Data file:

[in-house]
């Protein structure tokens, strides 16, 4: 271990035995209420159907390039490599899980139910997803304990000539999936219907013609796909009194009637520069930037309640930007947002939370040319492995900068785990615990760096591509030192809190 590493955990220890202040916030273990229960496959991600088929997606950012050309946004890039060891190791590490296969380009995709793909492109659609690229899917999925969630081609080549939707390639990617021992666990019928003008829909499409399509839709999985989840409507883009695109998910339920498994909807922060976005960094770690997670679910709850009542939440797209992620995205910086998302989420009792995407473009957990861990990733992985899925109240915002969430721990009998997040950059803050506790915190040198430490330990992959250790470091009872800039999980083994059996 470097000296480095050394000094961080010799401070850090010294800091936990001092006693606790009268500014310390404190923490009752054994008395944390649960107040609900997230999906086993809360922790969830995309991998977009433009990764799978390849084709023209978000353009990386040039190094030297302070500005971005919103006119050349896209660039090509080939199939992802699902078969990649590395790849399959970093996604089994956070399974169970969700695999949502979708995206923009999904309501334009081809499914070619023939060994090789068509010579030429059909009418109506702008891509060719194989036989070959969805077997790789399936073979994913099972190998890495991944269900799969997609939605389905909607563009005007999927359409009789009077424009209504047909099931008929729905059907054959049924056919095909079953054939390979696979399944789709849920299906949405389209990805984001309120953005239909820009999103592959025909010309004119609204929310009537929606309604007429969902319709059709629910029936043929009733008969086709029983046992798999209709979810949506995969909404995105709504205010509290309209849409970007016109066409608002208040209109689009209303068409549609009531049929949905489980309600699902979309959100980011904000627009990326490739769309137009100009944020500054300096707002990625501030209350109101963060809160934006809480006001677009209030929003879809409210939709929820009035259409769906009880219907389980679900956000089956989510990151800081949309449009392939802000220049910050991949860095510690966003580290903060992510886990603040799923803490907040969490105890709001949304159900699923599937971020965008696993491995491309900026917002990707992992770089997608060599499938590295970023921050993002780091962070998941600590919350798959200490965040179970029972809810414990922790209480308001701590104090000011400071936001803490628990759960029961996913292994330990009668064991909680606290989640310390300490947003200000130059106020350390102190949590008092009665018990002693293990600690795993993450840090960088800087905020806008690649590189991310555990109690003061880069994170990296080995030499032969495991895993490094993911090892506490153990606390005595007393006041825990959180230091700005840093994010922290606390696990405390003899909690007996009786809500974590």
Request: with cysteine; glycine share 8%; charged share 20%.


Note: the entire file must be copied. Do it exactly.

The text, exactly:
[in-house]
């Protein structure tokens, strides 16, 4: 271990035995209420159907390039490599899980139910997803304990000539999936219907013609796909009194009637520069930037309640930007947002939370040319492995900068785990615990760096591509030192809190 590493955990220890202040916030273990229960496959991600088929997606950012050309946004890039060891190791590490296969380009995709793909492109659609690229899917999925969630081609080549939707390639990617021992666990019928003008829909499409399509839709999985989840409507883009695109998910339920498994909807922060976005960094770690997670679910709850009542939440797209992620995205910086998302989420009792995407473009957990861990990733992985899925109240915002969430721990009998997040950059803050506790915190040198430490330990992959250790470091009872800039999980083994059996 470097000296480095050394000094961080010799401070850090010294800091936990001092006693606790009268500014310390404190923490009752054994008395944390649960107040609900997230999906086993809360922790969830995309991998977009433009990764799978390849084709023209978000353009990386040039190094030297302070500005971005919103006119050349896209660039090509080939199939992802699902078969990649590395790849399959970093996604089994956070399974169970969700695999949502979708995206923009999904309501334009081809499914070619023939060994090789068509010579030429059909009418109506702008891509060719194989036989070959969805077997790789399936073979994913099972190998890495991944269900799969997609939605389905909607563009005007999927359409009789009077424009209504047909099931008929729905059907054959049924056919095909079953054939390979696979399944789709849920299906949405389209990805984001309120953005239909820009999103592959025909010309004119609204929310009537929606309604007429969902319709059709629910029936043929009733008969086709029983046992798999209709979810949506995969909404995105709504205010509290309209849409970007016109066409608002208040209109689009209303068409549609009531049929949905489980309600699902979309959100980011904000627009990326490739769309137009100009944020500054300096707002990625501030209350109101963060809160934006809480006001677009209030929003879809409210939709929820009035259409769906009880219907389980679900956000089956989510990151800081949309449009392939802000220049910050991949860095510690966003580290903060992510886990603040799923803490907040969490105890709001949304159900699923599937971020965008696993491995491309900026917002990707992992770089997608060599499938590295970023921050993002780091962070998941600590919350798959200490965040179970029972809810414990922790209480308001701590104090000011400071936001803490628990759960029961996913292994330990009668064991909680606290989640310390300490947003200000130059106020350390102190949590008092009665018990002693293990600690795993993450840090960088800087905020806008690649590189991310555990109690003061880069994170990296080995030499032969495991895993490094993911090892506490153990606390005595007393006041825990959180230091700005840093994010922290606390696990405390003899909690007996009786809500974590």
Request: with cysteine; glycine share 8%; charged share 20%.